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Construction begins next month on NW Newberry Rd

Posted by on December 21st, 2018 at 9:30 am

Beautiful, isn’t it?
(Photo: Jonathan Maus/BikePortland)

Next month will be two years since a landslide wiped away a big chunk of NW Newberry Road. Multnomah County closed the winding, mountain road to through traffic in January 2017 and it has since become even more popular than usual for cycling. Newberry is one of a handful of climbs that take riders from Highway 30 up and over the west hills. It’s a welcome respite from the loud and fast traffic on “Dirty 30.”

With the closure, Newberry has become a de facto carfree climb. That is, for those people who’ve ignored the closure signs and were willing to ride around the jersey barriers.

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Now things are about to change. The County announced this week that construction is set to begin soon and the road will be fixed and reopened by spring 2019.

According to the County, construction crews will start staging on the site in mid-January and will work Monday through Thursday from 7:00 am to 5:00 pm. Construction should be done by the end of March and final paving is planned for May.

During the construction period, it would not be wise to attempt to ride Newberry. While many people have been riding through the closure up until now, with big trucks and workers on the site, we should now treat this like a hard closure. If you want to get up or down from the West Hills, I’d recommend NW McNamee Rd to the north and Germantown (which I never ride, and if I did it would only be on the weekends when there’s low traffic), Springville (very steep and unpaved!), or Saltzman (unpaved) to the north.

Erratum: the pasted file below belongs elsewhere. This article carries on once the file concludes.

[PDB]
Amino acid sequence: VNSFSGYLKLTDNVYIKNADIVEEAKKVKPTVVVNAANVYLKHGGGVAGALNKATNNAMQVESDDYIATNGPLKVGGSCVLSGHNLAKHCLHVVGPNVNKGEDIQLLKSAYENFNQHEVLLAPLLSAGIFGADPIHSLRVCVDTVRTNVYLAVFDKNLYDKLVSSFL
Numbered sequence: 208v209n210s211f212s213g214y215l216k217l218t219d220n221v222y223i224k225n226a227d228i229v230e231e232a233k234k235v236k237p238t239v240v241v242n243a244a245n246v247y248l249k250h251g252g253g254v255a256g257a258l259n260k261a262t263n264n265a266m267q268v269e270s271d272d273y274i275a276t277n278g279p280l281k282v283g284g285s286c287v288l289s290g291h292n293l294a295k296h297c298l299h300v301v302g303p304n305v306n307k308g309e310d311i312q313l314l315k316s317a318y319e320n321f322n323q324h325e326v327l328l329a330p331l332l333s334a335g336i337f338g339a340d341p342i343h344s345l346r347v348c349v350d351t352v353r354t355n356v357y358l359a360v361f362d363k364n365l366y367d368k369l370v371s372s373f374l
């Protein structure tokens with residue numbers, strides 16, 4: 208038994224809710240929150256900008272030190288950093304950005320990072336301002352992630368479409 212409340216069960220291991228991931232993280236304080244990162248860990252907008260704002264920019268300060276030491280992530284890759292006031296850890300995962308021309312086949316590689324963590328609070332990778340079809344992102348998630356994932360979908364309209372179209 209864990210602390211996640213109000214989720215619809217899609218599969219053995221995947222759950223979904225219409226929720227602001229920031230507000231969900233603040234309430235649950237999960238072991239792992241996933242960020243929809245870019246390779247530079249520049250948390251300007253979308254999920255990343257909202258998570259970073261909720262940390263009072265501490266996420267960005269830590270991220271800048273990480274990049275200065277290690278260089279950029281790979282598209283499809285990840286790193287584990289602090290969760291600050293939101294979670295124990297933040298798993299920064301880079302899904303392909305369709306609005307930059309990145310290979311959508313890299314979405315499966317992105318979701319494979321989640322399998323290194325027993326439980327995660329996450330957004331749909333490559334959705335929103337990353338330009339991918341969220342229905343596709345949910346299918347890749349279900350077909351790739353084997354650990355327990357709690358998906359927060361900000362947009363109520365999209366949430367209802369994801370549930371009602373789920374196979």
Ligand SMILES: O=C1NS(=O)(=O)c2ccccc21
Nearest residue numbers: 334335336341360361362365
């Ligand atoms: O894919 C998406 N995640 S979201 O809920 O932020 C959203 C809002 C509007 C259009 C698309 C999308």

For more details, check the check the project website.

— Jonathan Maus: (503) 706-8804, @jonathan_maus on Twitter and jonathan@bikeportland.org

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Bennett Shane
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BOOOOOOOOOOOOOOOOOOOOOOOO!!!!

Paul B
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Paul B

On one hand, “Finally!”
On the other, “Darn…”

dan
Guest
dan

I’m sure the road being out was a major inconvenience for the people who live on Newberry, but how many people is that and how much is the repair going to cost? Grouse, grouse…

Anyway, it has been a pleasure to ride car-free Newberry and I suppose all good things must come to an end. We’ll always have Saltzman.

rick
Guest
rick

If only NW McNamee Road had the road slide. It had far less car traffic and wasn’t as steep of a downhill ride. Will the county require the nearby and uphill property owners to help prevent another landside? More shrubs?

Mick O
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Mick O

You mean the county wouldn’t be swayed by a few noisy complaints about how this repair is being “rammed down our throats” and claims that “they did not engage with the community” and “this is the first we’ve heard of it” ?? I would figure having someone write a couple emails with those phrases should absolutely guarantee it would be delayed at least a year….. no? Ok.

I wonder how they manage do do it.

Fred
Guest
Fred